PRIME Minister Perry Christie expressed sadness over the death of former cabinet minister and Grand Bahama MP Warren J Levarity who died Sunday after “a lengthy illness”.
He was 82.
Mr Levarity was a member of the first Progressive Liberal Party cabinet formed after Majority Rule in 1967. He served as minister of Out Island Affairs and represented the Grand Bahama district and later the West End and Bimini constituency in the House of Assembly.
Mr Levarity later left the PLP – he was a member of the Dissident Eight – and became one of the founding members of the Free National Movement.
Former Prime Minister Hubert Ingraham, former leader of the FNM, also expressed his condolences over the death.
“Mr Levarity was an astute political strategist with a deep knowledge of Family Island politics,” Mr Christie said in a statement.
“In the struggle for Majority Rule, he played a key part and, with Sir Arthur Foulkes, was known to be among Sir Lynden Pindling’s closest and most trusted advisors.
“In his own right, however, Mr Levarity was, for a great part of the 1960s, the dominant politician in Grand Bahama which he represented in the House of Assembly from as early as 1960. His standing was further enhanced by his father, the late Garnet Levarity, who was a patriarchal figure and senior public official for many years in Grand Bahama.
“It is noteworthy that with Mr Levarity’s passing, Arthur Hanna is now the sole surviving member of the first Majority Rule cabinet.”
Mr Ingraham said Mr Levarity “laid the foundation for the establishment of the Free National Movement, helping to secure a vibrant two-party system”.
“His good work and that of others helped to secure democracy in the Bahamas,” he added.
The former North Abaco MP said Mr Levarity was a member of the National Committee for Positive Action, which during the 1950s and 1960s, provided leadership for the aspirations of disfranchised Bahamians seeking to abolish the plural vote, achieve universal adult suffrage and ultimately attain Majority Rule.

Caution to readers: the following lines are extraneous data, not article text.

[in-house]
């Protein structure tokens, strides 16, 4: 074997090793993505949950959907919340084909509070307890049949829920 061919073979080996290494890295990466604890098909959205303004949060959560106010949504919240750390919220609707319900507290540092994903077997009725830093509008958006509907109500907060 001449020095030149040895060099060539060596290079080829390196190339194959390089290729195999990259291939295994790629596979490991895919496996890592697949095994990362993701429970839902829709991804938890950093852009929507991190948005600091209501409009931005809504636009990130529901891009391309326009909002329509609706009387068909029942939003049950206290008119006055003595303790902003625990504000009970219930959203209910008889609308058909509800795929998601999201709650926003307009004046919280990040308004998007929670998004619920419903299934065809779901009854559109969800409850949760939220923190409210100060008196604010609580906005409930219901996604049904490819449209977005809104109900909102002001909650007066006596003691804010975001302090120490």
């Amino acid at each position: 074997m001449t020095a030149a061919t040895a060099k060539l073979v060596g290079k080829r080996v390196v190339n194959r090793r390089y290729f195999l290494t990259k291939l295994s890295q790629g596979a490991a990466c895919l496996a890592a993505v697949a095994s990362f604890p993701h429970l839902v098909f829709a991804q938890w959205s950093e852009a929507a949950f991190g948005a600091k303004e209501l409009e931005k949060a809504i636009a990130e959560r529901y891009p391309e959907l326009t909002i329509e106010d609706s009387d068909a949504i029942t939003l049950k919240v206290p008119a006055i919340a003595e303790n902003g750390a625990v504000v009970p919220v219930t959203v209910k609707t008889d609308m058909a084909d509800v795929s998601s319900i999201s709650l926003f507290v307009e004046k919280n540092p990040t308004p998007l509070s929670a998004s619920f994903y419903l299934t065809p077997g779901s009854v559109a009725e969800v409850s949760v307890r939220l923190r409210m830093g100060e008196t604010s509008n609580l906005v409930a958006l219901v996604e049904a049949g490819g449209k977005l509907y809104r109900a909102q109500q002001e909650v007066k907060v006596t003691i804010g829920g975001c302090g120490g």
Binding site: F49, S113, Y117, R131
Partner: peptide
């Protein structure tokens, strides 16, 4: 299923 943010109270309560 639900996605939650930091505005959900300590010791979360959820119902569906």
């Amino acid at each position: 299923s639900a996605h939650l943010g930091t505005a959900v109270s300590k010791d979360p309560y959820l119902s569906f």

He was a founder of the Bahamian Times newspaper, which was instrumental in the struggle for Majority Rule and helped to foster a new political consciousness among Bahamians, Mr Ingraham said.
“His political metal was tested and proven in the 1960s when he contested and won a by-election in Grand Bahama against great odds and against an established order opposed to racial and economic equality.
“It is notable that he issued a White Paper on Local Government as early as 1967, a vision that would not come to fruition until the election of the FNM to office decades later,” Mr Ingraham said in a statement.
“His dedication to principle brought him into conflict with his party’s leadership which he believed was quickly losing its way. His challenge of his party’s leadership and direction cut short his political career, but contributed in great measure to the creation of the democratic system we enjoy today. For this reason alone, the Bahamas owes Warren Levarity a tremendous debt of gratitude.”
Mr Ingraham said a previous FNM administration named a highway leading into Eight Mile Rock in Grand Bahama after Mr Levarity.